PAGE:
The WCU community gathers annually to celebrate and commemorate the life and legacy of Dr. Martin Luther King Jr. and Coretta Scott King. Our focus during the week long celebration is the concept of community. Dr. King once said, 'We know that to bring justice, love, and friendship, we must build strong communities that foster these things.' We encourage you to consider these words and your role in building a strong community here at WCU and beyond.
The theme for the 2022 celebration is 'Until justice rolls down like water', inspired from Dr. Martin Luther King Jr. during his speech at the march on Washington
on August 28, 1963. The original quote is from Amos 5:24.
I Have A Dream Speech - August 28, 1963
Dr. Charisse Burden-Stelly is the 2021-2022 Visiting Scholar in the Race and Capitalism Project at the University of Chicago and an Assistant Professor of Africana Studies and Political Science at Carleton College. A scholar of critical Black studies, political theory, and intellectual history, she is the co-author, with Gerald Horne, of W.E.B. Du Bois: A Life in American History. Burden-Stelly is finishing a book manuscript titled Black Scare/Red Scare to be published with University of Chicago Press. She is also the co-editor of three forthcoming volumes: Organize, Fight, Win: Three Decades of Black Communist Women’s Political Writings with Jodi Dean; Reproducing Domination: On the Caribbean Postcolonial State with Aaron Kamugisha; and W.E.B. Du Bois at 150: Reflections on the Life of a Scholar-Provocateur with Randall Westbrook. Her published work appears in journals including Small Axe, Souls, Du Bois Review, Socialism & Democracy, International Journal of Africana Studies, Journal of Intersectionality, and the CLR James Journal. Her public scholarship can be found in venues including Monthly Review, Boston Review, Black Perspectives, and Black Agenda Report. Additionally, she is the co-host, with Dr. Layla Brown, of “The Last Dope Intellectual” podcast.
On January 6, 2021 the world witnessed an assault on the United States Capital and Democracy. The assault was based upon the view by some Americans that other Americans had perverted and somehow caused an inaccurate voting outcome, because their candidate lost the presidential election. During this assault, Americans lost their lives. Since the assault, many states have enacted new voting policies which will restrict voting rights for some Americans.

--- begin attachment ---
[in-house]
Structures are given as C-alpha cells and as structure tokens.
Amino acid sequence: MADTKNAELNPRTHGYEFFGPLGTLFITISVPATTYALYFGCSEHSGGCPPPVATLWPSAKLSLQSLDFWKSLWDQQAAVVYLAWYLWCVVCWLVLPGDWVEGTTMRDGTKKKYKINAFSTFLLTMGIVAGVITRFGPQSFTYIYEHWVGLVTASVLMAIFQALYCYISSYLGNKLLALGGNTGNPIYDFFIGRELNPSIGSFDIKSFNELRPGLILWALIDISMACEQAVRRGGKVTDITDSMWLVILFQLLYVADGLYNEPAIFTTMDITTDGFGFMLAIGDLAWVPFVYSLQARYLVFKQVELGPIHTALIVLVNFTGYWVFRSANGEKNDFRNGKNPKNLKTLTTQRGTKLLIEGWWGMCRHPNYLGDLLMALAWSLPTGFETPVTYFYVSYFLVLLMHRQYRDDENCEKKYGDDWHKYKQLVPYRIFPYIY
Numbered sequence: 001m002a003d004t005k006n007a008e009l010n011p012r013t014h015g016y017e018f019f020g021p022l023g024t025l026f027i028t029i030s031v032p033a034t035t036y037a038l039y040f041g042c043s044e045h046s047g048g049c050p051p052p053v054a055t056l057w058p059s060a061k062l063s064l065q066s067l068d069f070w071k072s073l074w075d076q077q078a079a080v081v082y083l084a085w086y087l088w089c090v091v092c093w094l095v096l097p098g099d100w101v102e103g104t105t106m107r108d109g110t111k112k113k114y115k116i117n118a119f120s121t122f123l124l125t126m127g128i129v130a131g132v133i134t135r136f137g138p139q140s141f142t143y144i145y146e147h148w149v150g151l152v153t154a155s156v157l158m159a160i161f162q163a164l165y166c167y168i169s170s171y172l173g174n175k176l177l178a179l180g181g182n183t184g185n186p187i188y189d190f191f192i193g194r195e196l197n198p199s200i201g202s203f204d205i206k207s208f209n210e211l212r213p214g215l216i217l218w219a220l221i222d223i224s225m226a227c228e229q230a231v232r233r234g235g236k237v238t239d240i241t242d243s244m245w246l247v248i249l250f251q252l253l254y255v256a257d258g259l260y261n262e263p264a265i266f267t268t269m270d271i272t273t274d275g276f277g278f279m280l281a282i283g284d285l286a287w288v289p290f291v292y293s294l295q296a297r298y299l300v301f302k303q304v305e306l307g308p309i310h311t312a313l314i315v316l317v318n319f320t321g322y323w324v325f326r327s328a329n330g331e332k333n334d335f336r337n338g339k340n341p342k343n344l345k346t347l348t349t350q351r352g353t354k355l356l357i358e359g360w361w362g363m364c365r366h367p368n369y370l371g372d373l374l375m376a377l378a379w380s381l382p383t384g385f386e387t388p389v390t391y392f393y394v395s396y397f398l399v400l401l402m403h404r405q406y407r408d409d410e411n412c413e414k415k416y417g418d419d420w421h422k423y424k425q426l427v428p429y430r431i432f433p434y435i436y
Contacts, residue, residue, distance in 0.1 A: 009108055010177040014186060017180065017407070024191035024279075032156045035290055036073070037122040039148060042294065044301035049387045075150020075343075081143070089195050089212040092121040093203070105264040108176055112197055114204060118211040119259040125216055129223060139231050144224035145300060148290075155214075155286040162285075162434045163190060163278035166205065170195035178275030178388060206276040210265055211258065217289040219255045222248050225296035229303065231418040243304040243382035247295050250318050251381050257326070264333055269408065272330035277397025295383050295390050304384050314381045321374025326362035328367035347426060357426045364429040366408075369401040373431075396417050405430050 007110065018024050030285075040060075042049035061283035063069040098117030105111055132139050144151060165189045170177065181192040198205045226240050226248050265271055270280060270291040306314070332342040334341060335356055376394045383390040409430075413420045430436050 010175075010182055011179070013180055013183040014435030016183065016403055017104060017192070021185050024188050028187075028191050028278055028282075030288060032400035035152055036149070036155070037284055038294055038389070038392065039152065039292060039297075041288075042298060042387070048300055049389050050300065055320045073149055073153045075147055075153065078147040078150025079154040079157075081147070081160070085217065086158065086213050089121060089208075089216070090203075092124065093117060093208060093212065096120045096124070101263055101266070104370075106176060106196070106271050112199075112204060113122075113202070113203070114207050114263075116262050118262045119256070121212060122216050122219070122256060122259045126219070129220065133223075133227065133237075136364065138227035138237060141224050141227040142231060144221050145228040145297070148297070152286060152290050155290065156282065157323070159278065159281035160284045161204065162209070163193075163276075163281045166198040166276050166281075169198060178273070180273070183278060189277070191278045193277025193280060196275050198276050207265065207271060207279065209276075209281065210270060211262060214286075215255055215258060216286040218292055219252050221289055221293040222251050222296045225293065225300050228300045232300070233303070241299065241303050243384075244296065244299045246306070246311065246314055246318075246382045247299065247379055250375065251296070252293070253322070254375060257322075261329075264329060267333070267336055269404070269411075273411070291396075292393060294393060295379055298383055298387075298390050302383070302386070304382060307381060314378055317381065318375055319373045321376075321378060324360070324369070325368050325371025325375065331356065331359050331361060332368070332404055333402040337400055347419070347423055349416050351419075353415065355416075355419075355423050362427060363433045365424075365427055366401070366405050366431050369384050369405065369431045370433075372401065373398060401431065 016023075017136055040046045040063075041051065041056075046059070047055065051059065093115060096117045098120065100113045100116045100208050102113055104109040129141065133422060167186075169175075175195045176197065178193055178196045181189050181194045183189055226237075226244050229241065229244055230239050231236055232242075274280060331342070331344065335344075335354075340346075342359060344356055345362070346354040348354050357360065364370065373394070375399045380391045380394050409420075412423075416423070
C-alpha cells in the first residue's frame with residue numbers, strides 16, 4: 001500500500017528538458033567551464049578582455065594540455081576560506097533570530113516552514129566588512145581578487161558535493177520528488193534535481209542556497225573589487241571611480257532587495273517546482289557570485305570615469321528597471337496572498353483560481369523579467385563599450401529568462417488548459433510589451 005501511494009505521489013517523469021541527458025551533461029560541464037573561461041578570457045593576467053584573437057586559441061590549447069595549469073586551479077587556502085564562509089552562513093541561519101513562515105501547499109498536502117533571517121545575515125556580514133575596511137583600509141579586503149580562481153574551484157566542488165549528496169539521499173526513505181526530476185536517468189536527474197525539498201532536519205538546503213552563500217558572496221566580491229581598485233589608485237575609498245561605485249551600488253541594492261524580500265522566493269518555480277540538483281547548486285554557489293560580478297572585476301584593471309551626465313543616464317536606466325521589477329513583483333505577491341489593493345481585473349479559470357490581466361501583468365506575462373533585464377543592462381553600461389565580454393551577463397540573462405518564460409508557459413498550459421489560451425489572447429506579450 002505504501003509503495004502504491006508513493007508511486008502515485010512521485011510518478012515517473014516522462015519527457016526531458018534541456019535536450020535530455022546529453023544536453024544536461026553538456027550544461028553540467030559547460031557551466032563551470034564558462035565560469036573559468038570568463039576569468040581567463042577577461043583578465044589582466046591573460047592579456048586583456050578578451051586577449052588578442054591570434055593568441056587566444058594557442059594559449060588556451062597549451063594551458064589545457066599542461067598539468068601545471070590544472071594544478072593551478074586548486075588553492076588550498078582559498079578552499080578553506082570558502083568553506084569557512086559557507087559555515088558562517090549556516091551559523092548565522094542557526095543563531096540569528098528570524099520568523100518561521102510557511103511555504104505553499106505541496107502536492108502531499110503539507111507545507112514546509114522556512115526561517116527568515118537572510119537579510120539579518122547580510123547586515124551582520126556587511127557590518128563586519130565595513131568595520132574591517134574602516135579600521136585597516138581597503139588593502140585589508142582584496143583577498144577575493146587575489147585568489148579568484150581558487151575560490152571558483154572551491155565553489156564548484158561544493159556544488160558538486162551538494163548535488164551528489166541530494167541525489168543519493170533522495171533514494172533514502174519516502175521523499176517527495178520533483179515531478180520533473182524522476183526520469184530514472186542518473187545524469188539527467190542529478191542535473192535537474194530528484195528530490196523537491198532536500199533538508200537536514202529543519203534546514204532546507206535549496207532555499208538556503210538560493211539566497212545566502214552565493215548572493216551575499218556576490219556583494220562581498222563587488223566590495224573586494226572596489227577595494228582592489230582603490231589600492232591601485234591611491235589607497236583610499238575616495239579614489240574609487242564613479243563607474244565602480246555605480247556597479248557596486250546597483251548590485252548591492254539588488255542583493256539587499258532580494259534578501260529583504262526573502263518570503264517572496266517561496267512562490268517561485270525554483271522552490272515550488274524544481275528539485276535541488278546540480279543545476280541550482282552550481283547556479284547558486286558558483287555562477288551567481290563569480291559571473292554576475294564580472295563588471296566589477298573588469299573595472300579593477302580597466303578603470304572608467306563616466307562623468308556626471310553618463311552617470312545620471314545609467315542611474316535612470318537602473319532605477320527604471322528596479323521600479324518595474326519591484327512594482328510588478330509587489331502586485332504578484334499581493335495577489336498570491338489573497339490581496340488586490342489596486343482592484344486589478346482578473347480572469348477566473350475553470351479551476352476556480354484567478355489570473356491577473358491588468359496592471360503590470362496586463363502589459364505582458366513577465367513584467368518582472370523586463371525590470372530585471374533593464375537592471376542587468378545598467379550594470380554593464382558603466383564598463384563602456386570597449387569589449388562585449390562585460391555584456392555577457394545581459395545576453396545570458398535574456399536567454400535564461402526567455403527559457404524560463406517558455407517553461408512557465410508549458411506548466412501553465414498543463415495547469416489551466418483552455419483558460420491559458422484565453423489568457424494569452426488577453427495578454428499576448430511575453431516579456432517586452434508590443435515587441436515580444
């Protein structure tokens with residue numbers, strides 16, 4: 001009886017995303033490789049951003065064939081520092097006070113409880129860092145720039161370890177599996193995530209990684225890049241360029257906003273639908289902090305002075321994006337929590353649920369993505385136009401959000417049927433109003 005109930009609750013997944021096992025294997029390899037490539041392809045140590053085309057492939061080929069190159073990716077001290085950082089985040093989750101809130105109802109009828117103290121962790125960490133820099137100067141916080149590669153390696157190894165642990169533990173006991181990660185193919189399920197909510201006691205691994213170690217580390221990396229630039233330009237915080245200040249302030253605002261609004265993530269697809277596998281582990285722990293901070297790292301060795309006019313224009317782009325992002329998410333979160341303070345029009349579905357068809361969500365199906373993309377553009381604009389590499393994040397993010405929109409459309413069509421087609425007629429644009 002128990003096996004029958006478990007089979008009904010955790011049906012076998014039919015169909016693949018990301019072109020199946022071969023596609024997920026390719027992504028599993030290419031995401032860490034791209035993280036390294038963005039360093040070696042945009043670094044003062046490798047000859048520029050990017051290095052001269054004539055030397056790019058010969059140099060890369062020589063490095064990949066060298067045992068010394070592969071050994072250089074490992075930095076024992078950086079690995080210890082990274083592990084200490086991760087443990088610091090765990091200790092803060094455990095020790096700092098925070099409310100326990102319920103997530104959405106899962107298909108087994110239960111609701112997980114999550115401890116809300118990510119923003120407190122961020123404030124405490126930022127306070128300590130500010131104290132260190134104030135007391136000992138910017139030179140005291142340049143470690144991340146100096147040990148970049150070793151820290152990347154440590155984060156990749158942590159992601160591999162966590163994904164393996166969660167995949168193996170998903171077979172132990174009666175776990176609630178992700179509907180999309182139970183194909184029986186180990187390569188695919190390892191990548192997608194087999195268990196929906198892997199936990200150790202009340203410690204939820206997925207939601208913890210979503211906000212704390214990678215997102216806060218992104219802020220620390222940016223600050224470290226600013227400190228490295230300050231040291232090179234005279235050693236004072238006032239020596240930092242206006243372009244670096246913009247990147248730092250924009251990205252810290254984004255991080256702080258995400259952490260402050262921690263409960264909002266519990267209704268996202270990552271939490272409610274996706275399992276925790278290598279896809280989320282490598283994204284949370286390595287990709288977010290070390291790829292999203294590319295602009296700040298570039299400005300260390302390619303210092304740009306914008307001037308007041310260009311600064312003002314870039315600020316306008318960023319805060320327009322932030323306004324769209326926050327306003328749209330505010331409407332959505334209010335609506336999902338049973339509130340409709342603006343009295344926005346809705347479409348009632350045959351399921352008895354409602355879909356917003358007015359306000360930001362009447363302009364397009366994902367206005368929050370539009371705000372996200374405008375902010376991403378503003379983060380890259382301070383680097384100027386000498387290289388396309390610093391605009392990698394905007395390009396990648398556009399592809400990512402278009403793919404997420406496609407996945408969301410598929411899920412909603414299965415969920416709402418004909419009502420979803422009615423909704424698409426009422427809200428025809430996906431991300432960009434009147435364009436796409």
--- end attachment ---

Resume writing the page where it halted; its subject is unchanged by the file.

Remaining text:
In the 1960s, Rev. Dr. Martin Luther King Jr. lead a movement in the United States of America to enforce fair voting rights for all people. During that movement, people lost their lives for the right to "cast a vote." Finally, in 1965 The Voting Rights Act was signed into Federal Law.
This talk will explore the economic thoughts of Rev. Dr. Martin Luther King, Jr. and the economics of the 1965 Voting Rights Act. We will explore the economic power of voting in a democracy and its relationship to capitalism.
Reception following in the Bardo Star Atrium with light refreshments and music by the Bluejazz band.
This workshop is designed for faculty and future educators who are seeking simple, yet new and innovative ways to enhance diversity and inclusion in their classrooms. This workshop will be useful for all disciplines.
Zeke won the Chancellor's Award at the 53rd Annual Juried Undergraduate Exhibition for his painting, Oshun. Intercultural Affairs will show an exhibition of Zeke's work in their gallery during January and host a meet and greet vernissage with Zeke on the 21st. Light refreshments will be served.
"I always had a passion for art. I grew up as a quiet kid in Durham, NC, and I used drawing to express myself in ways that far surpassed the confines of words. This attraction for sketching, which I have been doing since the age of 5, eventually turned into a love for painting. I especially enjoyed painting abstract and portraiture pieces. As a biology major and pre-veterinary student, I use painting as an escape from the stressful realities of academia. During my visits to galleries and exhibitions, I noticed a lack of pieces expressing the beauty of people of color. Therefore, I decide to predominantly include people of color, like myself, into the subject matter of my paintings. I want young artists who look like me to be able to see their skin being celebrated on canvases and in museums, and I want underrepresented demographics to know that they, too, are works of divine artistic creation."